Having conceded to the mass of the people the right to elect their rulers, the question stands: Who does, in fact, control political power in this country?

Professor Laski answers, and rightly answers, that it is “the propertied class or their representatives . . . in whose hands all the vital controls of State power remains.”

He goes on to specify the ruling-class elements in detail.

    “Politically, the ruling class expresses its purpose through the Conservative Party. Anyone who analyses the composition of this Party in the House of Commons cannot avoid the conclusion that its essential purpose is the protection of the interests of private property in the means of production. Forty-four per cent, of them are directors of public companies; between them they hold nearly 1.800 directorships. All important economic interests are represented there—banks, insurance, railways, shipping, iron, steel, engineering, textiles, electricity supply, coal, oil, tobacco, foodstuffs, newspapers, and so forth.”

On the role of our land-owning aristocracy he is equally enlightening:

    “The great aristocrat of to-day is not merely a landowner. Like the Duke of Montrose, he may be a banker; like Lord Burghley . . .  he may be a director of a railroad, a bank and an insurance company. And if to persons in the Conservative Party connected with the peerage we add members who hold either a baronetcy or a knighthood, we find that nearly 250 members of the House of Commons out of 815 fall into this category.”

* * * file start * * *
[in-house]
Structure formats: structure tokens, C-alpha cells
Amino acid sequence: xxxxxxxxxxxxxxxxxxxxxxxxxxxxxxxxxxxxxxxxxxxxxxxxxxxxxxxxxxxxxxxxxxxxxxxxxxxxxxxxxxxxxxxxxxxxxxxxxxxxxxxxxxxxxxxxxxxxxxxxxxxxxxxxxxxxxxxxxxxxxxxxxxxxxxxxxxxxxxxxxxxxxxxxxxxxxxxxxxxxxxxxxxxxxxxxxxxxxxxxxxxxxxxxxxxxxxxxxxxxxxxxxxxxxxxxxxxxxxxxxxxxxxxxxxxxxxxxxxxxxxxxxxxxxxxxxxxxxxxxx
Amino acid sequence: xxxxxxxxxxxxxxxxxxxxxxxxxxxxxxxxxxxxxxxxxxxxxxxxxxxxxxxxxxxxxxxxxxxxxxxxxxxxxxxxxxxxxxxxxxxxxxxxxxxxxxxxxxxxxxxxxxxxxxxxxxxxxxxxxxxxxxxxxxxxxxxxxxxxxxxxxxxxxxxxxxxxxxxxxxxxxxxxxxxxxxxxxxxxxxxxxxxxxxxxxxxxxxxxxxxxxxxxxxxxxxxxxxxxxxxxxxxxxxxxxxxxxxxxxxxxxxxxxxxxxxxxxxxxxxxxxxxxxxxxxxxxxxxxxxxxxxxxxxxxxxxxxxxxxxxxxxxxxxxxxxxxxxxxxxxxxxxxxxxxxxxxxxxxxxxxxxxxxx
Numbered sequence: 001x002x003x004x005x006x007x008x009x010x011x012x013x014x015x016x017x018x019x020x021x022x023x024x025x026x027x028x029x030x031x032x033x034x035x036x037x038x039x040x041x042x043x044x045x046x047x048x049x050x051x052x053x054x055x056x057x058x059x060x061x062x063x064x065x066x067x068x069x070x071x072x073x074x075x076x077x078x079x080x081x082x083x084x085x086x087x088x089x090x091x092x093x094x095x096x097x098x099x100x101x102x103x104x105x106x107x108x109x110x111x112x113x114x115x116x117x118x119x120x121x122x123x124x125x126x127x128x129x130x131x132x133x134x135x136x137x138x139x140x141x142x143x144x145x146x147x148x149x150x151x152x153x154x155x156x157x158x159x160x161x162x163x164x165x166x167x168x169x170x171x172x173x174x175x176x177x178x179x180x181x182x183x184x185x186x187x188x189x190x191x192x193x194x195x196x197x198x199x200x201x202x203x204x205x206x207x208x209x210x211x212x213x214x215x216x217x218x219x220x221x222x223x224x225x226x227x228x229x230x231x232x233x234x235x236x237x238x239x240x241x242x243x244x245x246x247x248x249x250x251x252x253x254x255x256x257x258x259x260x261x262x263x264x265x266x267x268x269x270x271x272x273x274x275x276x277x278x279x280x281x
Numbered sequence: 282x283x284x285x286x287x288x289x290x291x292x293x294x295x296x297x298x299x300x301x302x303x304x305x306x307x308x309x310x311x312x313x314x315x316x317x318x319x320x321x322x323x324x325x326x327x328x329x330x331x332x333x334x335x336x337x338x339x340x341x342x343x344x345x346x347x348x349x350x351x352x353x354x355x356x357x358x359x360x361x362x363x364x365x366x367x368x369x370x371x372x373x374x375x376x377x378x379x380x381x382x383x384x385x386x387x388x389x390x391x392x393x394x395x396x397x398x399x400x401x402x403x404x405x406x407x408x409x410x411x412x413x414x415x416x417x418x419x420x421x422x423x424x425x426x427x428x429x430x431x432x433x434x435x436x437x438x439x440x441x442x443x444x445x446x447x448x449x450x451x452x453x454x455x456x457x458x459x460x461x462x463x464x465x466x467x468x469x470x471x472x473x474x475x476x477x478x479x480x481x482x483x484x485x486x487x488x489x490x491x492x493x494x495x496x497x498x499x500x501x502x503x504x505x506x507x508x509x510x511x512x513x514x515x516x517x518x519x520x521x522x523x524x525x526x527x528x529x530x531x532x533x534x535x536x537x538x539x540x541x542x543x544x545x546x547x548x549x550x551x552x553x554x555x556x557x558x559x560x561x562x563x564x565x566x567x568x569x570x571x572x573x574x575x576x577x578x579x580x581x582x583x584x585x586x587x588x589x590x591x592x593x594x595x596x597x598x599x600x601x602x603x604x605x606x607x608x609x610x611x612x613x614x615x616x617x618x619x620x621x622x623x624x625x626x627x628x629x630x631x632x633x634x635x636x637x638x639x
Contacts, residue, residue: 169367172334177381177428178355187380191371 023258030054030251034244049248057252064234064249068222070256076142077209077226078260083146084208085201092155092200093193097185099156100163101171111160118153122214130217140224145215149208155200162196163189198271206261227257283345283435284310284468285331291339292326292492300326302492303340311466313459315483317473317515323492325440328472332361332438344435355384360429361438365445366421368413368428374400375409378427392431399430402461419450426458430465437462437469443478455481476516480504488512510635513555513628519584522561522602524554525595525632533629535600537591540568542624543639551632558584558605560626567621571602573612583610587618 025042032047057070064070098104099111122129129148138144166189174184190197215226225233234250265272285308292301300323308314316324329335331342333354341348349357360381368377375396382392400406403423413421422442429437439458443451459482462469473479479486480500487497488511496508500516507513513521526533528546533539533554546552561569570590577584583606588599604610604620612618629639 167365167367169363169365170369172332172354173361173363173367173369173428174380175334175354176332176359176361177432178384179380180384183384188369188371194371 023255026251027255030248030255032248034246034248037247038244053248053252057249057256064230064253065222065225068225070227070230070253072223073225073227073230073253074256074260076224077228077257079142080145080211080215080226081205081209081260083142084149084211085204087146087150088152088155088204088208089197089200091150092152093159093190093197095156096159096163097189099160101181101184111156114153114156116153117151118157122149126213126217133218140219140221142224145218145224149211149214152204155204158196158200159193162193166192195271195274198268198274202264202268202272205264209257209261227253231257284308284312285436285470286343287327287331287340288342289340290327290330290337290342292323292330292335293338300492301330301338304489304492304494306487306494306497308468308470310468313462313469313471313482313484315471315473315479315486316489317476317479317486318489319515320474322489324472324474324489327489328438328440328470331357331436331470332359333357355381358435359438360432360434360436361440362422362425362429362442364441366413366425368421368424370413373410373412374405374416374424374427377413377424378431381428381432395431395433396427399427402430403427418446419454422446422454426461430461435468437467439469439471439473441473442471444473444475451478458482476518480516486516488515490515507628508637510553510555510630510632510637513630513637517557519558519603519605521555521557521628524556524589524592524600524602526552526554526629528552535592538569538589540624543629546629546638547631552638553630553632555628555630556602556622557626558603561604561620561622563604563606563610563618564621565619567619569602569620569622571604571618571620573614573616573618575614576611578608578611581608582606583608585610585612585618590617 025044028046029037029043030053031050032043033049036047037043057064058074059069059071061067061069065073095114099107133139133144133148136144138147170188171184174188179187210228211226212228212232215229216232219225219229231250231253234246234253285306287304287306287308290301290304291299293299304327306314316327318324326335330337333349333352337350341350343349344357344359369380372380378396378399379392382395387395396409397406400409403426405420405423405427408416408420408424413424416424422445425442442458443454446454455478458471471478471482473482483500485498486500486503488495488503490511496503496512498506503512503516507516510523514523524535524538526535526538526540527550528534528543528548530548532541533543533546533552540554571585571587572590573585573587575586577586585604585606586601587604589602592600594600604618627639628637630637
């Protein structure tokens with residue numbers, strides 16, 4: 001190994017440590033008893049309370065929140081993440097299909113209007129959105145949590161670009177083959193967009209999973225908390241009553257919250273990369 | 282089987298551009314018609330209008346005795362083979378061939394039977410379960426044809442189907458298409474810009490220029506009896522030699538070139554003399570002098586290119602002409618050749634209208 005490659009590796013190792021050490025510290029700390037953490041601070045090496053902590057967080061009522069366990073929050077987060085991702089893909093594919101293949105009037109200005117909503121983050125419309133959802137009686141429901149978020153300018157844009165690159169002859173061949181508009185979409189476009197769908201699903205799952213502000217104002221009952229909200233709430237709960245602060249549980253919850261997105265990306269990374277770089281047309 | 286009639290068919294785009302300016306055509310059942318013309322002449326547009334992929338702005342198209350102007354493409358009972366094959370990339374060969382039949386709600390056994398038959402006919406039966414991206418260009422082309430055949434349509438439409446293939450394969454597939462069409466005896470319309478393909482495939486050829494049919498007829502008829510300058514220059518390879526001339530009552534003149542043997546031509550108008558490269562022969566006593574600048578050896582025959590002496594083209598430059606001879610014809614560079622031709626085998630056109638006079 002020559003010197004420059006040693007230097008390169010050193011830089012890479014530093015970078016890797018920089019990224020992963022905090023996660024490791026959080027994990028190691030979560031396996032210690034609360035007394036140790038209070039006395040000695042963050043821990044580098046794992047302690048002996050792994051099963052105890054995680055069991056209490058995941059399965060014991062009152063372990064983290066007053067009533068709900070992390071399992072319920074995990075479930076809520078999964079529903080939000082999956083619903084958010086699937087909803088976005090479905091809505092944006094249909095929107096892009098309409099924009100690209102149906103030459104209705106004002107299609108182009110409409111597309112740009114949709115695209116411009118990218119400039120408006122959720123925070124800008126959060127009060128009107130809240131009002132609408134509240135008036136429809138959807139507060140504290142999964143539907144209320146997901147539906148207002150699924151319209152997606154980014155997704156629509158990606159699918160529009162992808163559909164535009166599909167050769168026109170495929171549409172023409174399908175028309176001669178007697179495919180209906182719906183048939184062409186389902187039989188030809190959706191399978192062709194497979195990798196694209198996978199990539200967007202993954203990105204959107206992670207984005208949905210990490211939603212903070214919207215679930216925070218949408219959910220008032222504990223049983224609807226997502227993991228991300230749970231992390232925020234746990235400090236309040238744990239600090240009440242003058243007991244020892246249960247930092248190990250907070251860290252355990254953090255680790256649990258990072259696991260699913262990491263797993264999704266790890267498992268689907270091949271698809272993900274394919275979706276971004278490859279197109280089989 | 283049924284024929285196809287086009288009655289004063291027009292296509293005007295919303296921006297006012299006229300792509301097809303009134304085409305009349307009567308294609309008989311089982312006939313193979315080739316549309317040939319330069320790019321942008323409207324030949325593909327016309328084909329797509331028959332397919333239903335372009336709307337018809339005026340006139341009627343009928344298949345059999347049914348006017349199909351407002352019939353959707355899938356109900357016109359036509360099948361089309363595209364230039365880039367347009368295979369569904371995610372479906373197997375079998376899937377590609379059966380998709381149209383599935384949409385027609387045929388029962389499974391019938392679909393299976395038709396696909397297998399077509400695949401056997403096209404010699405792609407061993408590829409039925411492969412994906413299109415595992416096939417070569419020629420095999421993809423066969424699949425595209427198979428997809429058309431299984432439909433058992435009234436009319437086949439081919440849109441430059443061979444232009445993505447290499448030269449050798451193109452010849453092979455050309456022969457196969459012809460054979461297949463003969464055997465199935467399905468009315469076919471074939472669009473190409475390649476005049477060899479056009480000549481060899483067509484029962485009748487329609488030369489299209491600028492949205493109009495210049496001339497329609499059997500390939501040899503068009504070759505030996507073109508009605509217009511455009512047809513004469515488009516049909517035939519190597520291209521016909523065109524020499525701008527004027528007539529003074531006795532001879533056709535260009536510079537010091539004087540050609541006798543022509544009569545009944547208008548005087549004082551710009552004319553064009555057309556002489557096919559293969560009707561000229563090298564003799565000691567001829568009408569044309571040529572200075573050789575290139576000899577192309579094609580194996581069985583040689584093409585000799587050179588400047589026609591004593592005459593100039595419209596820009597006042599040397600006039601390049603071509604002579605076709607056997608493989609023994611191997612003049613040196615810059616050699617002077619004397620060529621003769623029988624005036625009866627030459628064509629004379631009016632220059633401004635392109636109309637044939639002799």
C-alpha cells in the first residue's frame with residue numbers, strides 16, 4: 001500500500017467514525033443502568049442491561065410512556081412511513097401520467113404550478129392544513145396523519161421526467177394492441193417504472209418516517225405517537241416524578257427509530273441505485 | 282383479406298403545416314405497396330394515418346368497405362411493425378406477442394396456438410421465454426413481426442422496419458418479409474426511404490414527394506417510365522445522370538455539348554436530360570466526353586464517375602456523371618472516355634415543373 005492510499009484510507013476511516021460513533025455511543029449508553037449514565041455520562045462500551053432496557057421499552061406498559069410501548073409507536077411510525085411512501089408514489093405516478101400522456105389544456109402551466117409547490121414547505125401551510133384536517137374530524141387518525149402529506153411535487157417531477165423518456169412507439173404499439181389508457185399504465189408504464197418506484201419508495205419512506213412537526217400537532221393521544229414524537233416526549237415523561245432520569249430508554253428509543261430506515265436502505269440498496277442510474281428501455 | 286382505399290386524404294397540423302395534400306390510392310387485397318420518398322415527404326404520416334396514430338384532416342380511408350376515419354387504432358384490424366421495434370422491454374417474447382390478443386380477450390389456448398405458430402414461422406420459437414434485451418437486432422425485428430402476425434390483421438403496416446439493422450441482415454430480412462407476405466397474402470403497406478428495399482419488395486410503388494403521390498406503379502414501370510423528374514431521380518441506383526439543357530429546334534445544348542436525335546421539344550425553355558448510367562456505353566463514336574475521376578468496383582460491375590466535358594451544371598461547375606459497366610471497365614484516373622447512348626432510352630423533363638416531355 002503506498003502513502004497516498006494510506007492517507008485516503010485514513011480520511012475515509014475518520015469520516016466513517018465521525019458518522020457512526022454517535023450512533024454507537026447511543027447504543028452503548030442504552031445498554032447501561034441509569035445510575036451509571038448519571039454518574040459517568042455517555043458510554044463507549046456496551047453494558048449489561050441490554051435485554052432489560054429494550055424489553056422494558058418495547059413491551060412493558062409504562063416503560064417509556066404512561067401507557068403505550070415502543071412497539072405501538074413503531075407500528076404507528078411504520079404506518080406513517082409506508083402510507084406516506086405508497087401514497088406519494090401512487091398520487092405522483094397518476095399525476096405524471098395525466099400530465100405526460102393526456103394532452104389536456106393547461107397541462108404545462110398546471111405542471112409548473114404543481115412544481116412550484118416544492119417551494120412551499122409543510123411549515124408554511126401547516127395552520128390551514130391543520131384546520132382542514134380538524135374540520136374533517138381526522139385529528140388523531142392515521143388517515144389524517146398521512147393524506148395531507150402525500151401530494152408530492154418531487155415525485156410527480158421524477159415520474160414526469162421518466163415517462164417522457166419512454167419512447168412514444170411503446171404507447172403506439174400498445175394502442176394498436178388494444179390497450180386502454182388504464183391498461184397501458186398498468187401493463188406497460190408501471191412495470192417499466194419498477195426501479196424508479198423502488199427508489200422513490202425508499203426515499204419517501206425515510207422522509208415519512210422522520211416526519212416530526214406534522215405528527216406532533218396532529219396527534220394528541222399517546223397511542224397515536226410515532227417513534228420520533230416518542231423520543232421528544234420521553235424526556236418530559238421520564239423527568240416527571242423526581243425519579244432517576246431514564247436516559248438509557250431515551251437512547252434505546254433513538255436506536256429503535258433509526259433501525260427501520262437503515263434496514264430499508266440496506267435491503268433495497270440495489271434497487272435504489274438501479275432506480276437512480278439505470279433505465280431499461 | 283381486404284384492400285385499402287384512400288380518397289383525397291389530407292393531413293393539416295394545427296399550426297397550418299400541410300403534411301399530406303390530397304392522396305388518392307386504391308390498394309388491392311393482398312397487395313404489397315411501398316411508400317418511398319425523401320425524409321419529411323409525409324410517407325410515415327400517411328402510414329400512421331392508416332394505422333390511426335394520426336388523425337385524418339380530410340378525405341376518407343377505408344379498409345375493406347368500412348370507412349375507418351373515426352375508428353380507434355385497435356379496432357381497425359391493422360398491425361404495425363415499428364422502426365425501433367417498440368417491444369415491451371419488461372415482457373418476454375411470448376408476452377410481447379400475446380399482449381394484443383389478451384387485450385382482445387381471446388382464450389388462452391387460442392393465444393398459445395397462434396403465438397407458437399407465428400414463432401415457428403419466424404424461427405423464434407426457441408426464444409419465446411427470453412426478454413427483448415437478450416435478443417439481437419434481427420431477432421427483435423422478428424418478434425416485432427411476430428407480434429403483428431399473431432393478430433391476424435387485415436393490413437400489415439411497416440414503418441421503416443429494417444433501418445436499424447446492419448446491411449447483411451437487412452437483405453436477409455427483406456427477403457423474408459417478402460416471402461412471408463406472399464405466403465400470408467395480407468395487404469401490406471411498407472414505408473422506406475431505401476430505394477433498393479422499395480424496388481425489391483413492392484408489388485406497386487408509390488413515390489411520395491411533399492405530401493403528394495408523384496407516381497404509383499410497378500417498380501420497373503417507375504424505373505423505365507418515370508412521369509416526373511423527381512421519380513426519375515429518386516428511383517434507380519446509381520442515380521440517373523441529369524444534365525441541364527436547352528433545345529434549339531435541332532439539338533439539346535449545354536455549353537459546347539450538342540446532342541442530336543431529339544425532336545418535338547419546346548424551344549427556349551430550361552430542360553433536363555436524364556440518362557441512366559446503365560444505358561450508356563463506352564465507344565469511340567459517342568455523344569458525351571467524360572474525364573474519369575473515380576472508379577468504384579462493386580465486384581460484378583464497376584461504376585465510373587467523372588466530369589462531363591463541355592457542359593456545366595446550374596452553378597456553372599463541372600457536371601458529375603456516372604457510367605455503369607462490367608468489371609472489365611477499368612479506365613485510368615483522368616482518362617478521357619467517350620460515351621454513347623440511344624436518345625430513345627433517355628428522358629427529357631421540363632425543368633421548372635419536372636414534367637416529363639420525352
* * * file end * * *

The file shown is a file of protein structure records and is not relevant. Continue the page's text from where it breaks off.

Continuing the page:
So far, so good. Since the demise of the Liberal Party after the last war, it is undeniably the Conservative Party which embodies the will and the interests of the propertied class in Britain. But then comes a gap in the argument. Professor Laski is completely silent on the two periods during which a Labour Government was in office. True, on both occasions it was a minority in the House of Commons (though in the second period—1929-1931—they constituted the largest single party in the House). The Professor’s silence is easily understood when it is born in mind that he himself is a prominent member of the Labour Party. For flowing logically from his own arguments is the inescapable conclusion that on both occasions the Labour Government willingly acted as caretakers for the property of the British capitalists.